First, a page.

Increased BUN in Apparently Healthy Dogs

Julie Webb, DVM, DAVCP, Cornell University

ArticleLast Updated June 20244 min readPeer Reviewed
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Increased BUN is most often associated with significant hypovolemia, renal disease, or urinary obstruction and can be found in conjunction with other markers of decreased glomerular filtration (eg, increased creatinine). Clinical signs are associated with underlying pathology. BUN can also be elevated in apparently healthy patients.

Ask the Expert: What are the possible explanations for increased BUN in dogs with no other laboratory abnormalities or clinical signs?

High-Protein Diet

BUN is produced by the liver from dietary and recycled endogenous proteins; therefore, diets higher in protein may result in higher BUN. The effect of dietary protein is likely minimal in otherwise healthy dogs fed a commercial diet but can be a differential for mildly increased BUN in apparently healthy dogs fed diets with unusually high protein levels.1,2 Prerenal azotemia or underlying renal disease may exacerbate the effects of high-protein diets on BUN (see Prerenal Azotemia).3

GI Hemorrhage

Hemorrhage is a pathologic condition associated with GI ulceration (eg, from NSAID use), parasitism, or neoplasia. Although hemorrhage into the upper GI tract can cause increased BUN,4 this finding is unpredictable because of accompanying anorexia and variable bleeding locations.5 Hemorrhage-induced increases in BUN are generally thought to result from digestion of blood that functions as a high-protein meal. Dogs may have accompanying GI signs (eg, vomiting, hematochezia, melena) or be clinically normal depending on the underlying cause and degree of hemorrhage. Other laboratory abnormalities associated with GI hemorrhage may include regenerative anemia (decreased hemoglobin, hematocrit, and/or RBC count with increased reticulocyte count) or microcytic hypochromic anemia (indicating iron deficiency), depending on the severity and chronicity of bleeding. If GI hemorrhage is suspected but not grossly visible as hematochezia or melena, a fecal occult blood test can be performed to screen for smaller quantities of blood; however, findings should not be considered definitive alone, as both false-positive (from diet interference) and false-negative (from intermittent bleeding) results are possible.6

Prerenal Azotemia

Early or mild cases of prerenal azotemia are usually associated with clinical signs and increased creatinine but can be subclinical with increased BUN alone because BUN undergoes greater resorption from renal tubules when the tubular flow rate is decreased.4 Mild dehydration is the most likely cause.4 Occult cardiac disease or hypoadrenocorticism are also possible but are more likely to be associated with clinical signs or other laboratory abnormalities.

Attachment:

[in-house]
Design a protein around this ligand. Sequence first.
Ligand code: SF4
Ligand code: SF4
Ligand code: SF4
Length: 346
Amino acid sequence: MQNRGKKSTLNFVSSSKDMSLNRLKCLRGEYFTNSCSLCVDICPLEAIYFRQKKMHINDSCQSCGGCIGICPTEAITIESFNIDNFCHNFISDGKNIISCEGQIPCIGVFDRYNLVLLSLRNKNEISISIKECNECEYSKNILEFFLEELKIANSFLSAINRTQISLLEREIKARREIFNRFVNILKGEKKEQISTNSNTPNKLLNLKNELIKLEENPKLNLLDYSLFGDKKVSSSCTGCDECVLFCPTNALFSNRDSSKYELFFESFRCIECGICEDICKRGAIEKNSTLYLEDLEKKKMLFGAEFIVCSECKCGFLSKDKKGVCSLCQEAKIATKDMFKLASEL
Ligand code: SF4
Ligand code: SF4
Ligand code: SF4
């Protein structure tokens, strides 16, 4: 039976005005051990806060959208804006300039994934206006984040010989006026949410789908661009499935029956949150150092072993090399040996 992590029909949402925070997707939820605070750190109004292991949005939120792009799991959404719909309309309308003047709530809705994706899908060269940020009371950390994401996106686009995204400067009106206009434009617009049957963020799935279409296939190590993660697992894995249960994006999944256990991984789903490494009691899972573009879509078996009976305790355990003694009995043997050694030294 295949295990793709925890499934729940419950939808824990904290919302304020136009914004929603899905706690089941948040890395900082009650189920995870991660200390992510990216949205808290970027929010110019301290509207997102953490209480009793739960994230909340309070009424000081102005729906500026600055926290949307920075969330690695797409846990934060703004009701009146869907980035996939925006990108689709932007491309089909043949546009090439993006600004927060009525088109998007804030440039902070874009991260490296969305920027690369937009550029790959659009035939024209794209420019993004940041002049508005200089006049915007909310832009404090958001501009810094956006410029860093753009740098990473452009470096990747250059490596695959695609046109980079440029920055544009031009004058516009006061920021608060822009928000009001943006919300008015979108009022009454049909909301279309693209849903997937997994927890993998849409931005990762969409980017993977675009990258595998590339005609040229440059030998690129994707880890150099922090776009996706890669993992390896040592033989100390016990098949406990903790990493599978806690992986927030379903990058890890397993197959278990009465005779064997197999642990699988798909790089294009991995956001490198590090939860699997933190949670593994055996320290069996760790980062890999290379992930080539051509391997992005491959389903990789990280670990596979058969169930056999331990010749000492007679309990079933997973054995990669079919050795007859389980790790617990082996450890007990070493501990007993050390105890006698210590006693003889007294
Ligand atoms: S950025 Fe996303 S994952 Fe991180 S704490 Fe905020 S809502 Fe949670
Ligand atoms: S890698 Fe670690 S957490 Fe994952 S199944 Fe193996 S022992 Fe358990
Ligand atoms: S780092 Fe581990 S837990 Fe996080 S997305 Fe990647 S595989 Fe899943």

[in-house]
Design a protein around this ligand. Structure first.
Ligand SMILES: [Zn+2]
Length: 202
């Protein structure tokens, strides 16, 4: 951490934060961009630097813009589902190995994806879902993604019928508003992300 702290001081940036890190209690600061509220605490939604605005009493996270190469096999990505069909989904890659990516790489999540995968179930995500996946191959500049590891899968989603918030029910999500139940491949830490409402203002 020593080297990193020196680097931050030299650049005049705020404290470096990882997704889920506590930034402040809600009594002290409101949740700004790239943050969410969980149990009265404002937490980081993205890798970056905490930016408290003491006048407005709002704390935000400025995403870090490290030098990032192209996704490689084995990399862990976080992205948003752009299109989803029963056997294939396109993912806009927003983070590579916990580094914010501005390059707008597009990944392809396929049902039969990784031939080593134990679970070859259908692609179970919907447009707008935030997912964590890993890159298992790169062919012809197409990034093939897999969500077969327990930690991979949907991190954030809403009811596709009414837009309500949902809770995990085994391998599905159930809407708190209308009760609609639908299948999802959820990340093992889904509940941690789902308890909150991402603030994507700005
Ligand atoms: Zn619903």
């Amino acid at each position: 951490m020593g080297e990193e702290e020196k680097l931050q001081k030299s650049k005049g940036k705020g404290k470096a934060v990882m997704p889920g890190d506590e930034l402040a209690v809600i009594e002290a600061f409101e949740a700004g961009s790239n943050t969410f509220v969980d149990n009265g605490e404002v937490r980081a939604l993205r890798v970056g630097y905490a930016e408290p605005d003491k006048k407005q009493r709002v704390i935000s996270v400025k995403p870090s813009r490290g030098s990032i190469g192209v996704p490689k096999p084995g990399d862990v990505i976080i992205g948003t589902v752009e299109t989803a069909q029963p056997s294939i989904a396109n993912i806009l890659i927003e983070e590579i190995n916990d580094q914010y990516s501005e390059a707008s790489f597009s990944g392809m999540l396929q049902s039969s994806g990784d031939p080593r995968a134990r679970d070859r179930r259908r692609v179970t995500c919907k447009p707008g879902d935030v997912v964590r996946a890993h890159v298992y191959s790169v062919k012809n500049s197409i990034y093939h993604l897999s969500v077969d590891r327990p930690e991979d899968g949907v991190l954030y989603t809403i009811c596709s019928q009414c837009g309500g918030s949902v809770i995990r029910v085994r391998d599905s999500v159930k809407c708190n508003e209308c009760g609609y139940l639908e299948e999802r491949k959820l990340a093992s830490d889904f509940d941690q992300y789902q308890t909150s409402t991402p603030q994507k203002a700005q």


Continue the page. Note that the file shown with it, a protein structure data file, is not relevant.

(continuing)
Renal Azotemia

Like prerenal azotemia, renal disease is often associated with clinical signs and other biochemical markers of decreased renal function; however, early renal disease can be found in apparently healthy dogs, and nonrenal factors (eg, reduced muscle mass) can lower creatinine, complicating interpretation. Evaluation of symmetric dimethylarginine (SDMA) may be useful in these cases, as SDMA is also a marker of decreased glomerular filtration. SDMA can indicate renal disease earlier than BUN and creatinine and may have fewer nonrenal influences.7 If SDMA measurement is not available, repeat blood work may be needed to evaluate BUN and creatinine over time.


Measurement error due to improper sample storage or interference from lipemia, hemolysis, or icterus should be considered if a result does not match the patient’s clinical presentation or other laboratory results; however, BUN is a relatively stable analyte when samples are refrigerated or frozen, and interferences with measurement are rare.4 BUN may increase slightly above baseline after feeding but is expected to stay within the reference interval.1

Breed & Age

Breed variations can affect interpretation of certain analytes, but no definitive differences have been noted for BUN. Puppies <6 months of age tend to have lower BUN than adults; most results, however, are within adult reference intervals.8

Normal Variation

Most reference intervals encompass 95% of healthy patients; low numbers of healthy patients therefore have transient or persistent BUN results at the upper end of or slightly above the reference interval. Mildly increased BUN in a dog with no clinical signs or relevant conditions (as mentioned in this article) may represent a normal value for that dog. In these patients, comparing current BUN results with previous results may be more informative than comparisons with general population reference intervals.